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Strange behaviour

by Lindsay Shelton
Our “greater” regional council is behaving strangely. It’s asking us to tell it what we think about its new bus service, though it’s already had 12 months of being told – every day – about the problems.

It not only wants to be told what we think about the buses. As RNZ reported this week [1], it also wants us to offer solutions.

Hard to believe that the regional council doesn’t already know what Wellingtonians think of the buses. Its Metlink staff have been diligently responding to complaints every day since the new bus systems were introduced a year ago. On twitter they have been consistently asking for details – where was the problem … what time … what was the bus number. But perhaps they haven’t been maintaining a database of all the information about their bustastrophe.

How else to explain the need to ask commuters to tell them what’s going on.

“Help us to fine tune your local bus service,” states the regional council introducing its list of drop-in sessions [2] where commuters are invited to talk about their experiences on the buses.

And its online forum [3] tries to imply (“it’s usual”) that everything is normal.

As with any project of this size, it’s usual to review outcomes to check how we did against key objectives, what we learned and what still needs to happen.

Slow learners, that’s for sure.

None of the people sending complaints to the online forum are getting any reaction to what they are complaining about. Instead, they are mystifying told: “It’s just the type of input we need.” One of the early complainants got this response:

We want to know the good and the bad so we don’t change anything that is working well with the design of the bus network.

Wellington.Scoop readers have also been saying what they think of the regional council’s request for more information.

Local: I think the public should be paid to be consulted again and again. Take the hubs and transfers out, go back to the previous system, give the drivers decent wages and working conditions and stop asking us over and over what is wrong with the system.

Commuter: Have they had a computer meltdown? Have they lost 12 months of data? Or didn’t they bother to keep records of all the complaints …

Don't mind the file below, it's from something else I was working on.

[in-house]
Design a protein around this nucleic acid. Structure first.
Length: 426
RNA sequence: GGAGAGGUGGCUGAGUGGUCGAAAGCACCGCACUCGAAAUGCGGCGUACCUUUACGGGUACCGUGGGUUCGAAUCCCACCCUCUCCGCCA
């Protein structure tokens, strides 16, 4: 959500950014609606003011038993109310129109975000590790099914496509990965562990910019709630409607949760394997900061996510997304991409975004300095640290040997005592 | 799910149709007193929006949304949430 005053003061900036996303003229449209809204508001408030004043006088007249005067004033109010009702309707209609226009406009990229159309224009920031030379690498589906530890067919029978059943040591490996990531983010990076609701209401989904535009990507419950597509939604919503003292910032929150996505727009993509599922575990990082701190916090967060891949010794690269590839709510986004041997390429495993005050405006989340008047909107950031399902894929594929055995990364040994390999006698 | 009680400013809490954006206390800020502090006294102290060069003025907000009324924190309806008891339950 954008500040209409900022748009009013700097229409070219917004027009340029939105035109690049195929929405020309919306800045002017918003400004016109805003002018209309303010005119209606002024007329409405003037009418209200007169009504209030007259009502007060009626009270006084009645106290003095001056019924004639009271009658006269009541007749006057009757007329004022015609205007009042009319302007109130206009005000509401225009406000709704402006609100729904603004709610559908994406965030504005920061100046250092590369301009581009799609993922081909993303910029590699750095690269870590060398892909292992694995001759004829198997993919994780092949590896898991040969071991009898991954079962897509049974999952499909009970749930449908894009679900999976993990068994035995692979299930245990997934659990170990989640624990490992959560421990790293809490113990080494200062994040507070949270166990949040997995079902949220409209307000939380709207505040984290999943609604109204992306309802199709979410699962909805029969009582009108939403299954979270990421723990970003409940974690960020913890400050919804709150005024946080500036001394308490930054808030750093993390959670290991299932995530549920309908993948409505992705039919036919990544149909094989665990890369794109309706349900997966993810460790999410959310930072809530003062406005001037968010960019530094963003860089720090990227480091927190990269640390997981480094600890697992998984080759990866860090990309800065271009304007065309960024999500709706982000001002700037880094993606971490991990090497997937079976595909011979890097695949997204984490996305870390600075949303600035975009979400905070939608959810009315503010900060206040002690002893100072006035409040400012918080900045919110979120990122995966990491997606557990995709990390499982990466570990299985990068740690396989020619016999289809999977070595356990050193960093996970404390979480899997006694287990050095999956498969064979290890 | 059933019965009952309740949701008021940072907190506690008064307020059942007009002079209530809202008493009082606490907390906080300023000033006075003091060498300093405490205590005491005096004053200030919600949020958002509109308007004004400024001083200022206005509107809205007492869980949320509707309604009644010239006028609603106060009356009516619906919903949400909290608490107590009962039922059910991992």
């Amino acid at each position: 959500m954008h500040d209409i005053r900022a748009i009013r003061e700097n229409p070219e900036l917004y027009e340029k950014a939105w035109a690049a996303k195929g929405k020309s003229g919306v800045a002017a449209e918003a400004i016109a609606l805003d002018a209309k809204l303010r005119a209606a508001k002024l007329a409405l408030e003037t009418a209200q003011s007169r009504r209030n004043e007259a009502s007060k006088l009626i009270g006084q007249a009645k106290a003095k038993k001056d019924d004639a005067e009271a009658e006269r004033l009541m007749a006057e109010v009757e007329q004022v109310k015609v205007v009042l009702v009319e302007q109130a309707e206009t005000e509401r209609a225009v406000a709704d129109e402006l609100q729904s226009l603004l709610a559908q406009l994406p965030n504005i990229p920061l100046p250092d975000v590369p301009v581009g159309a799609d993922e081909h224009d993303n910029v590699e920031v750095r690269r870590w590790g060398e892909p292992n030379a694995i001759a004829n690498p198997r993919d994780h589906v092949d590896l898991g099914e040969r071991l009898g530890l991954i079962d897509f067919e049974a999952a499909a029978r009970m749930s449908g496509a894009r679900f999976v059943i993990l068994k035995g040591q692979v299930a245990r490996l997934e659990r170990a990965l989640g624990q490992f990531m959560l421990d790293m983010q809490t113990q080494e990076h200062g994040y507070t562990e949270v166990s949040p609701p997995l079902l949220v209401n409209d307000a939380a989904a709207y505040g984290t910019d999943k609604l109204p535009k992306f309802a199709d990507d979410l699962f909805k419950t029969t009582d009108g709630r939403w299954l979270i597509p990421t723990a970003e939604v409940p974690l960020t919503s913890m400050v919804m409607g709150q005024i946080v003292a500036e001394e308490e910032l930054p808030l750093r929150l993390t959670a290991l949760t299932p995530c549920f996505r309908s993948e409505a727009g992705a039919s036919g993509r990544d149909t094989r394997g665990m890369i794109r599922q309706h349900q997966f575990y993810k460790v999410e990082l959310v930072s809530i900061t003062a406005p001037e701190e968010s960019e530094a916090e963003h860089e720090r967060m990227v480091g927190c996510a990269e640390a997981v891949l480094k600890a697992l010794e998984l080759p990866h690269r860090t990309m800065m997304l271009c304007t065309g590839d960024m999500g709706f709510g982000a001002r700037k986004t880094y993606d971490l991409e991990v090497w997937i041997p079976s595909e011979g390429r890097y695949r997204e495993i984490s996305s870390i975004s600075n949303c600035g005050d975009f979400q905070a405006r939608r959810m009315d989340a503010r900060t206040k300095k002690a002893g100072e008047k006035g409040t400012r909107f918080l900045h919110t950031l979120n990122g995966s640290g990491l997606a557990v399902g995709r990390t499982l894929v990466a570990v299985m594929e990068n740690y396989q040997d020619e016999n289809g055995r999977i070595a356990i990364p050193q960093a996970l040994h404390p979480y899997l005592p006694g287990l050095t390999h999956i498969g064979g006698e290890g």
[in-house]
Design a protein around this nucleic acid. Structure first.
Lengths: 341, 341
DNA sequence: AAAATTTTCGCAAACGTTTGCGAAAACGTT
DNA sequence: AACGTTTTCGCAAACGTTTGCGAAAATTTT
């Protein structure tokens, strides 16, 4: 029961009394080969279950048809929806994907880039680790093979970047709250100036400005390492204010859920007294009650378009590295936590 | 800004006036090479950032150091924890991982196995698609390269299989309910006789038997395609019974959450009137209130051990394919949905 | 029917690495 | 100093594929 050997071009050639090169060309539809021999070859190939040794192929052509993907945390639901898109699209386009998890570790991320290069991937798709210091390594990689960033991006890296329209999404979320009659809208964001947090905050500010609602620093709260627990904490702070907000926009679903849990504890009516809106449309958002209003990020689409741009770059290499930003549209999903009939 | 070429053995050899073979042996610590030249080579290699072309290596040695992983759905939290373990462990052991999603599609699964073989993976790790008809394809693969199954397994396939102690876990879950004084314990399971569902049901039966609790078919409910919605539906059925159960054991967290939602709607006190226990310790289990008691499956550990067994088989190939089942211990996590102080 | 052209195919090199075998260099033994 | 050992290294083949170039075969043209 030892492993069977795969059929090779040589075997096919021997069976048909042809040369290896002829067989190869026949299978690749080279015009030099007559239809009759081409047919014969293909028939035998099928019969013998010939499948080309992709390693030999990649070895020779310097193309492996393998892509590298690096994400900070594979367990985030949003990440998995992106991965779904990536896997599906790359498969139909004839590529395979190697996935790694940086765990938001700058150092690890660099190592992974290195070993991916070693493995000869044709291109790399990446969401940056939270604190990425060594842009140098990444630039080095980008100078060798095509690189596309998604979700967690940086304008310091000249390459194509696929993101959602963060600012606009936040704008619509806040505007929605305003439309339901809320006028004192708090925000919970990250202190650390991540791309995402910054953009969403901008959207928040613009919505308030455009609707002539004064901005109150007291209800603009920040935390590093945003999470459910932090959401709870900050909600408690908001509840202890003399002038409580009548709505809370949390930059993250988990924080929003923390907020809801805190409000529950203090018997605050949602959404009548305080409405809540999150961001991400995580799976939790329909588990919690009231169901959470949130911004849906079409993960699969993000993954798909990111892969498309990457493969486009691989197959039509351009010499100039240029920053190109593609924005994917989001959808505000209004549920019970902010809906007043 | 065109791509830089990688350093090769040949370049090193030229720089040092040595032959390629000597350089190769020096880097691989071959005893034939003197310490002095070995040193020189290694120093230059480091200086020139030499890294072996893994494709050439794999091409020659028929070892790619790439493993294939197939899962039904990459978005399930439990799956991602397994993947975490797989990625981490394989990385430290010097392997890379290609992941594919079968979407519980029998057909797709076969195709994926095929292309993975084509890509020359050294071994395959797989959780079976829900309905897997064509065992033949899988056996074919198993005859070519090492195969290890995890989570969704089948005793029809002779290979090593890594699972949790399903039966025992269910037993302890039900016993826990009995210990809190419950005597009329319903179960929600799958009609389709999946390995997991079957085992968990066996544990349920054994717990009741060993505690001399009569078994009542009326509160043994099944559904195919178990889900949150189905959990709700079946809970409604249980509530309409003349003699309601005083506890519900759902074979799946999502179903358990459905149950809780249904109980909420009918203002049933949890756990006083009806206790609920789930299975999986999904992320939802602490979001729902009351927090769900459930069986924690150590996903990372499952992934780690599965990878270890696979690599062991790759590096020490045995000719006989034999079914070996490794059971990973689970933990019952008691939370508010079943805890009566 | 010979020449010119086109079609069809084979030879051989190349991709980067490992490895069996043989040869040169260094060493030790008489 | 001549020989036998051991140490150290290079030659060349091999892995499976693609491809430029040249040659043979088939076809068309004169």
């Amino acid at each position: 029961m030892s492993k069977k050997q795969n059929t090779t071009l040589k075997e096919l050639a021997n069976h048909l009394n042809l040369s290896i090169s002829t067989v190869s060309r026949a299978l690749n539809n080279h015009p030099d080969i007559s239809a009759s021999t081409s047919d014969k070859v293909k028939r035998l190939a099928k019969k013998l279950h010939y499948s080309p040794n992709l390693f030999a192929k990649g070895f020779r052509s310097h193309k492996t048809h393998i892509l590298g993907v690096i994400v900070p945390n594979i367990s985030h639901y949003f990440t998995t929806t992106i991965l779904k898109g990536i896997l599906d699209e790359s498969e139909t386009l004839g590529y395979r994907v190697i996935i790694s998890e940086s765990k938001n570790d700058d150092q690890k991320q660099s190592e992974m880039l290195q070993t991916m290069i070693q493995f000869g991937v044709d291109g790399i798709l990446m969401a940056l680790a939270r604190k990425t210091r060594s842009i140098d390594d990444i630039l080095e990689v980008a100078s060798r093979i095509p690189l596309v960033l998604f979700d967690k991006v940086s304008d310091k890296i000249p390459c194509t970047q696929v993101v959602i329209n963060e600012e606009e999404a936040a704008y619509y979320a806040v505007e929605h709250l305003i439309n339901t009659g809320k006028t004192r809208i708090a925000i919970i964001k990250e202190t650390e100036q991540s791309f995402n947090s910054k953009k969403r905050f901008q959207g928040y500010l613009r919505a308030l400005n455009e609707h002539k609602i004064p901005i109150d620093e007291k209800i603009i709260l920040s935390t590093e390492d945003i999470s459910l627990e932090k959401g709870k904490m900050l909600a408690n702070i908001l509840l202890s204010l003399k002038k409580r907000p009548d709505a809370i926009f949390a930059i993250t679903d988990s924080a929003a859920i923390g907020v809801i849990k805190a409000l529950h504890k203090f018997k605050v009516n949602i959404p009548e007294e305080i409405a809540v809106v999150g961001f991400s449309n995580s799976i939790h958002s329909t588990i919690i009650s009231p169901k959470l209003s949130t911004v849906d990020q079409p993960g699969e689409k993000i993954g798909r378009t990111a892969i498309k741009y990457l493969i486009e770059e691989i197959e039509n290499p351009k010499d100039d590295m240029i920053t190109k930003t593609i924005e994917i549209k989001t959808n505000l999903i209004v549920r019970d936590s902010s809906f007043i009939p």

Ruth: Unbelievable. Have they been under a rock for a year? They’ve been told. They know. Just fix it.

Kara Lipski: Why does GWRC/MetLink think they need to “consult” with us again. We have already given that organisation plenty to work on during the past 12 months or more. But given their record of repeated use of consultants on the bus issue, I have little faith in this latest effort to give us back a decent bus service. Marks for effort by Metlink: 2/10.

Lim Leong: GWRC has run so many consultation sessions, surveys and public meetings since 2012 that I have lost count. For the record, here is the initial 2012 consultation …
• 57% of the respondents strongly dislike the proposed network change. 17% dislike the proposed change so a total of 74% viewed the change negatively.
• Transfers, change of routes, timing and frequency are major issues for respondents.

Customers were clear what they wanted from Day 1, but GWRC pretty much ignored feedback from that study and pretty much all subsequent consultation sessions, public meetings and surveys. So the question is: what is GWRC trying to achieve by asking the same questions over and over again but expecting a different result every time? Isn’t that the definition of insanity?

Without commenting on that last sentence, consider the message on the regional council’s website today:

consultation [4]